India Makes Formal Request for Jeweler Nirav Modi’s Extradition from UK

The request for Nirav Modi's extradition was sent to the Indian High Commission in London for onward transmission to the UK authorities, Minister of State for External Affairs VK Singh said.


The Indian government has sent a formal request to its High Commission in London, to be forwarded to the United Kingdom government, to extradite fugitive diamond merchant Nirav Modi, who is accused in a multi-million dollar scam in the country.

The extradition request was received by the Ministry of External Affairs from the Ministry of Home Affairs, and has been sent by a special diplomatic bag to the High Commission of India, London, for onward transmission to the UK authorities, Minister of State for External Affairs VK Singh informed the Rajya Sabha on Aug. 2.

The ministry had revoked the passport of Modi on Feb. 16 this year, Singh said, adding that the information was conveyed to the Central Bureau of Investigation (CBI) for onward transmission to the Interpol. The international agency had then issued two Red Corner Notices against the billionaire businessman on June 29.

Modi is accused in India, along with his uncle Mehul Choksi, wife Ami Modi, who is a U.S. citizen, and his brother Nishal Modi, a Belgian citizen, and close associate Subhash Parab over the $2.2 billion fraud case involving the Punjab National Bank (PNB). He left India in January this year, shortly before the news of the scam broke out.

Choksi, on the other hand, took up the citizenship of Antigua after fleeing India. The Antiguan government said last week that it is ready to cooperate with India and will cancel his passport to protect the country’s integrity and its relationship with India. Choksi would not have been granted an Antiguan passport if the charges against him were known to them, Foreign Minister Chet Greene had said. Mehul had said that he took up Antiguan citizenship as it allowed him easy access to 132 countries, which would be in the interest of his business.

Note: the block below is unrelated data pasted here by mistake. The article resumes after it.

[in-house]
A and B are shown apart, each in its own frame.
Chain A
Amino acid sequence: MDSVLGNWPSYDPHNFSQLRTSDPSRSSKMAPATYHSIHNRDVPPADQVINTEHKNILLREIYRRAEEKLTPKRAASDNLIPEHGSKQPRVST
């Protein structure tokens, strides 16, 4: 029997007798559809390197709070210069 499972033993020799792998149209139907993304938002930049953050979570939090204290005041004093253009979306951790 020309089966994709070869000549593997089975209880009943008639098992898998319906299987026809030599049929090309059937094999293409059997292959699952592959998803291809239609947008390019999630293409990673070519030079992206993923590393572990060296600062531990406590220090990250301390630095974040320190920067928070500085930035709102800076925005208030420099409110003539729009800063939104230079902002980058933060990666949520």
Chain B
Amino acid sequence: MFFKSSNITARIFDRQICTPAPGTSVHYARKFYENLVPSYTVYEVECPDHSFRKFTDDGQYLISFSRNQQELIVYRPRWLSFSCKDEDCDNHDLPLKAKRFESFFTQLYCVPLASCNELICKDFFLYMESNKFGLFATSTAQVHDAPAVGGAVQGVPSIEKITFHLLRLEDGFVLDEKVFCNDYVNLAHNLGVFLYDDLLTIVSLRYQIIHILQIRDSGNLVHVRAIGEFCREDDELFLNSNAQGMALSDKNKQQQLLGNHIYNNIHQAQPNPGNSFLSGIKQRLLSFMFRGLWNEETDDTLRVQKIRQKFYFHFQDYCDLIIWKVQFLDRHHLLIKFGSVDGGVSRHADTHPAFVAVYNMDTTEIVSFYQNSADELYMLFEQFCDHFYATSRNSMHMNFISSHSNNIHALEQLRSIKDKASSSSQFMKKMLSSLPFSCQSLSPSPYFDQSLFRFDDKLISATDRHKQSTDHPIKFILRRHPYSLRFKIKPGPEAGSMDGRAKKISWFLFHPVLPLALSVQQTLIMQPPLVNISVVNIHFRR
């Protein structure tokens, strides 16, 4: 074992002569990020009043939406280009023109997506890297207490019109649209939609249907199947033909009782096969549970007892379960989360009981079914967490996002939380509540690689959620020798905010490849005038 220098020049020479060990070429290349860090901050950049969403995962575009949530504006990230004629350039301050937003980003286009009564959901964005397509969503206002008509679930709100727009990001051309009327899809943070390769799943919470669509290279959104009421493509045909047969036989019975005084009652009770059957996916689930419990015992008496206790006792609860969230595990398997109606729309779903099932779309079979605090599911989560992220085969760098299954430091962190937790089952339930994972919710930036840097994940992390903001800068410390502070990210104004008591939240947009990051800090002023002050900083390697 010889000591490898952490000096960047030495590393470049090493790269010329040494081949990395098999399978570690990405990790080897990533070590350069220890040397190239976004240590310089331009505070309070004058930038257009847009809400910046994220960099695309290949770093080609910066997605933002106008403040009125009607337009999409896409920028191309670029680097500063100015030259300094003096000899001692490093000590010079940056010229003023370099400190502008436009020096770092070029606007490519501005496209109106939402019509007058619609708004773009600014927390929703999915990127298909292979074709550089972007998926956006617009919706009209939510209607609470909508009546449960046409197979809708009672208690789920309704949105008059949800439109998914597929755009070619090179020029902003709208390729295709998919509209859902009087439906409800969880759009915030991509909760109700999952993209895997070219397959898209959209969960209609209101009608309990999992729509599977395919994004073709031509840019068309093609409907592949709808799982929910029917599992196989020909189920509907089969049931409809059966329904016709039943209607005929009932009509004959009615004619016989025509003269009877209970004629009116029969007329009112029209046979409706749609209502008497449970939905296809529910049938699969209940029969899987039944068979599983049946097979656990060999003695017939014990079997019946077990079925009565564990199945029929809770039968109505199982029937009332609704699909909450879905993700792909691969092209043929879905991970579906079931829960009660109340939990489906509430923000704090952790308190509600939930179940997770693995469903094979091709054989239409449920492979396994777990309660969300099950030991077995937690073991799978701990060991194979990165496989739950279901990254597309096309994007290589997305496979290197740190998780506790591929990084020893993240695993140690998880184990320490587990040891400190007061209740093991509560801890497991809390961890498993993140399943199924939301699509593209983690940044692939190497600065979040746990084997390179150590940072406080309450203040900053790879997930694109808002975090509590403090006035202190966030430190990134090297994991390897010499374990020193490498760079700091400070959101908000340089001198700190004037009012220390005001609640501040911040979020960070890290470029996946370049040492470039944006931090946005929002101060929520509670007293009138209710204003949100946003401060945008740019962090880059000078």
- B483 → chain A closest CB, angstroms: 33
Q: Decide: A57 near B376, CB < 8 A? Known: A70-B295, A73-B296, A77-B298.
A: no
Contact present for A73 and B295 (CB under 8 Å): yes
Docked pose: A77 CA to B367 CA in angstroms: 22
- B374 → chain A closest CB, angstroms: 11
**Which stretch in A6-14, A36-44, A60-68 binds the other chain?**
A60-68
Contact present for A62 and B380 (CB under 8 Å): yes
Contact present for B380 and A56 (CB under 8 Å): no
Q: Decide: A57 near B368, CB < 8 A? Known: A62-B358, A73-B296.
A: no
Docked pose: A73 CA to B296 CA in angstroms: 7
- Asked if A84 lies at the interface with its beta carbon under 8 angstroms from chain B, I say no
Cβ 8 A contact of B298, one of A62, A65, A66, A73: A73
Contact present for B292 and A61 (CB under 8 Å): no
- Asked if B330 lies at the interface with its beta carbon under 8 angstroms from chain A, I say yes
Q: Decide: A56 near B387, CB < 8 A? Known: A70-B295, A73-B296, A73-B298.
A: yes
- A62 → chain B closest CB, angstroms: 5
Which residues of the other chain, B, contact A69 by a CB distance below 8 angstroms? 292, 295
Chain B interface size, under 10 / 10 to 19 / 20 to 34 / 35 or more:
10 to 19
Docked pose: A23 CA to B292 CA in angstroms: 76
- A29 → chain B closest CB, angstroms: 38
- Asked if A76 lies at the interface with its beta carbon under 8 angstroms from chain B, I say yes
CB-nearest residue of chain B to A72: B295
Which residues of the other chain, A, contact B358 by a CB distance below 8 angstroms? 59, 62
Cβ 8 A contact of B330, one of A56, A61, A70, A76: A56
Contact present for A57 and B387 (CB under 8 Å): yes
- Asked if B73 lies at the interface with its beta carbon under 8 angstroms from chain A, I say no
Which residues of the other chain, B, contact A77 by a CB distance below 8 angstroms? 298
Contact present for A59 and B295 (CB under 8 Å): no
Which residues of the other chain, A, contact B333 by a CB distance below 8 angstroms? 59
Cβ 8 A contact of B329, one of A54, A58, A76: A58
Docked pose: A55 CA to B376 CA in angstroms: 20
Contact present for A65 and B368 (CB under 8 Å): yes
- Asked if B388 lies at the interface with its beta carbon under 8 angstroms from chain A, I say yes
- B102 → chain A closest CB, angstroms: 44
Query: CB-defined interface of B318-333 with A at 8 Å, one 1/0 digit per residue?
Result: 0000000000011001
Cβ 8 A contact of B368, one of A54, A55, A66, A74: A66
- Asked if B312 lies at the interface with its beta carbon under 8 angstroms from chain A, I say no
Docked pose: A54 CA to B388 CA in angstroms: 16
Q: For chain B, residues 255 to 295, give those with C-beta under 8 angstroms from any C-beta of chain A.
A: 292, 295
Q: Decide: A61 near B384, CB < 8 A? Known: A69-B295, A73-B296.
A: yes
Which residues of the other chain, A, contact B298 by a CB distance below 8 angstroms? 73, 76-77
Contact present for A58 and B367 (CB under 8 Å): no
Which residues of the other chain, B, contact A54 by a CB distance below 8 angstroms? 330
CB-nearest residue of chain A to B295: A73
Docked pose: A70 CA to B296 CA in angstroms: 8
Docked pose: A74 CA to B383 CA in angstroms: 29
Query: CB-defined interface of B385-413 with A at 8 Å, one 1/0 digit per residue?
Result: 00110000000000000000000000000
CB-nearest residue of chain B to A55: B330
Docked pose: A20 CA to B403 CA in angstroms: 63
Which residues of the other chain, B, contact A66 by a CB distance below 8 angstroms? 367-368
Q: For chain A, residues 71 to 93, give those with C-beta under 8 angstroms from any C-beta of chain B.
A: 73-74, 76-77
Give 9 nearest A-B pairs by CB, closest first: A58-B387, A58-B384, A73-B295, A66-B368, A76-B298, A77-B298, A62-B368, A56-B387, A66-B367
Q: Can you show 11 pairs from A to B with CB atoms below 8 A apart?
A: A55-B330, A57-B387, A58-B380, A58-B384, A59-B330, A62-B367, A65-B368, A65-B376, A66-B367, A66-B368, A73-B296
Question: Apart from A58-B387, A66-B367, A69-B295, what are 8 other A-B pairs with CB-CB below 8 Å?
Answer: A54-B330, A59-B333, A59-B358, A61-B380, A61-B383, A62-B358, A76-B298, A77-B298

The PNB fraud was allegedly carried out during 2011-17 by raising credit from overseas branches of other Indian banks using illegal Letters of Undertaking issued by employees at PNB’s Mumbai branch.

A total of 21 people were named in the charge sheet filed by the Central Bureau of Investigation (CBI) in a special court in Mumbai on May 14.

Modi would be the 29th fugitive in the United Kingdom whose extradition has been requested by India since 2002, the Deccan Herald reported. Of these, only one fugitive — Samirbhai Vinubhai Patel — has been extradited by the United Kingdom to India. Patel was accused in a riots case in Gujarat, when 23 people of a community were burnt alive on March 1, 2002 in Ode village, and is currently in jail in the state’s Anand district while his trial is going on.

The UK government has rejected India’s request to extradite nine of these fugitives. The UK courts also declined to issue arrest warrants against three other fugitives wanted by India, the report added. The cases of 15 other fugitives, including liquor tycoon Vijay Mallya, for whom India had submitted extradition request, are still pending.

Among those whose extradition has been sought by India from Britain are former Indian Premier League boss Lalit Modi; alleged bookie Sanjeev Kumar Chawla, who is wanted in India for his role in match fixing during South Africa’s tour in 2000; Rajesh Kapoor, accused of kidnapping his brother Deepak Kapoor’s daughter; Tiger Hanif, who is wanted in connection with two bomb attacks in Gujarat in 1993; Atul Singh; Raj Kumar Patel; Jatiender Kumar Angurala and Asha Rani Angurala.

The Westminster Court last year rejected India’s extradition plea in cases of Chawla, and the Angurala couple.

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